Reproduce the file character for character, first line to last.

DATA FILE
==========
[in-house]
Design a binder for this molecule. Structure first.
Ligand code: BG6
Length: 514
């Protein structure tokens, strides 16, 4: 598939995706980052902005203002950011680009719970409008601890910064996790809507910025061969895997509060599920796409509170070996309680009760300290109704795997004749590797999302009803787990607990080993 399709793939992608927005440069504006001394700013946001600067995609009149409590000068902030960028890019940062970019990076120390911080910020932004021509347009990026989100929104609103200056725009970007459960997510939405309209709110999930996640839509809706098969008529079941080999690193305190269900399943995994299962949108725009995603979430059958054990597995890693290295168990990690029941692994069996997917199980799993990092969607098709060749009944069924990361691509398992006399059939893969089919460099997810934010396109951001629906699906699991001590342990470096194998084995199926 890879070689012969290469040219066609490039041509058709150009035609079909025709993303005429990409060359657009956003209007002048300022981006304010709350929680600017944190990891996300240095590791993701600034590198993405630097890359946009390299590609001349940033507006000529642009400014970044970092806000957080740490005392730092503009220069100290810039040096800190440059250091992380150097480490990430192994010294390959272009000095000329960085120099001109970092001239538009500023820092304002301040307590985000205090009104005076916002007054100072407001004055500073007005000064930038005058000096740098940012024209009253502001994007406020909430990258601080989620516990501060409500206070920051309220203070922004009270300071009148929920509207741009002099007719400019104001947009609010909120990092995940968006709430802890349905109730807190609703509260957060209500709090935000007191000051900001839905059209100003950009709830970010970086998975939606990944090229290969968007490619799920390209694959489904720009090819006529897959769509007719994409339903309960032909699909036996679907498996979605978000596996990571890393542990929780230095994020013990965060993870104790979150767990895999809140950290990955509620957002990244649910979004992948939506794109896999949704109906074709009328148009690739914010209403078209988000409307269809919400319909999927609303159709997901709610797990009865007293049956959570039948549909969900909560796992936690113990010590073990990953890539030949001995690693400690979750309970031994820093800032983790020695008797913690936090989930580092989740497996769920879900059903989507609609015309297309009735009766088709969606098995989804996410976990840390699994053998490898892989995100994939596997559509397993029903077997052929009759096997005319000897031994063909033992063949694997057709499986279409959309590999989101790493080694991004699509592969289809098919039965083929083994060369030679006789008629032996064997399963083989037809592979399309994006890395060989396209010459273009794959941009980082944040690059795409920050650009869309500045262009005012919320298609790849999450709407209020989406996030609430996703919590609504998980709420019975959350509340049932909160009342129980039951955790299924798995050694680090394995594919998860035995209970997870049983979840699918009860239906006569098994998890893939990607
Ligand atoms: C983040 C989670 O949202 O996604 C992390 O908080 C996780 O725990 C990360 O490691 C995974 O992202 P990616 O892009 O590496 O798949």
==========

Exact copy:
[in-house]
Design a binder for this molecule. Structure first.
Ligand code: BG6
Length: 514
């Protein structure tokens, strides 16, 4: 598939995706980052902005203002950011680009719970409008601890910064996790809507910025061969895997509060599920796409509170070996309680009760300290109704795997004749590797999302009803787990607990080993 399709793939992608927005440069504006001394700013946001600067995609009149409590000068902030960028890019940062970019990076120390911080910020932004021509347009990026989100929104609103200056725009970007459960997510939405309209709110999930996640839509809706098969008529079941080999690193305190269900399943995994299962949108725009995603979430059958054990597995890693290295168990990690029941692994069996997917199980799993990092969607098709060749009944069924990361691509398992006399059939893969089919460099997810934010396109951001629906699906699991001590342990470096194998084995199926 890879070689012969290469040219066609490039041509058709150009035609079909025709993303005429990409060359657009956003209007002048300022981006304010709350929680600017944190990891996300240095590791993701600034590198993405630097890359946009390299590609001349940033507006000529642009400014970044970092806000957080740490005392730092503009220069100290810039040096800190440059250091992380150097480490990430192994010294390959272009000095000329960085120099001109970092001239538009500023820092304002301040307590985000205090009104005076916002007054100072407001004055500073007005000064930038005058000096740098940012024209009253502001994007406020909430990258601080989620516990501060409500206070920051309220203070922004009270300071009148929920509207741009002099007719400019104001947009609010909120990092995940968006709430802890349905109730807190609703509260957060209500709090935000007191000051900001839905059209100003950009709830970010970086998975939606990944090229290969968007490619799920390209694959489904720009090819006529897959769509007719994409339903309960032909699909036996679907498996979605978000596996990571890393542990929780230095994020013990965060993870104790979150767990895999809140950290990955509620957002990244649910979004992948939506794109896999949704109906074709009328148009690739914010209403078209988000409307269809919400319909999927609303159709997901709610797990009865007293049956959570039948549909969900909560796992936690113990010590073990990953890539030949001995690693400690979750309970031994820093800032983790020695008797913690936090989930580092989740497996769920879900059903989507609609015309297309009735009766088709969606098995989804996410976990840390699994053998490898892989995100994939596997559509397993029903077997052929009759096997005319000897031994063909033992063949694997057709499986279409959309590999989101790493080694991004699509592969289809098919039965083929083994060369030679006789008629032996064997399963083989037809592979399309994006890395060989396209010459273009794959941009980082944040690059795409920050650009869309500045262009005012919320298609790849999450709407209020989406996030609430996703919590609504998980709420019975959350509340049932909160009342129980039951955790299924798995050694680090394995594919998860035995209970997870049983979840699918009860239906006569098994998890893939990607
Ligand atoms: C983040 C989670 O949202 O996604 C992390 O908080 C996780 O725990 C990360 O490691 C995974 O992202 P990616 O892009 O590496 O798949």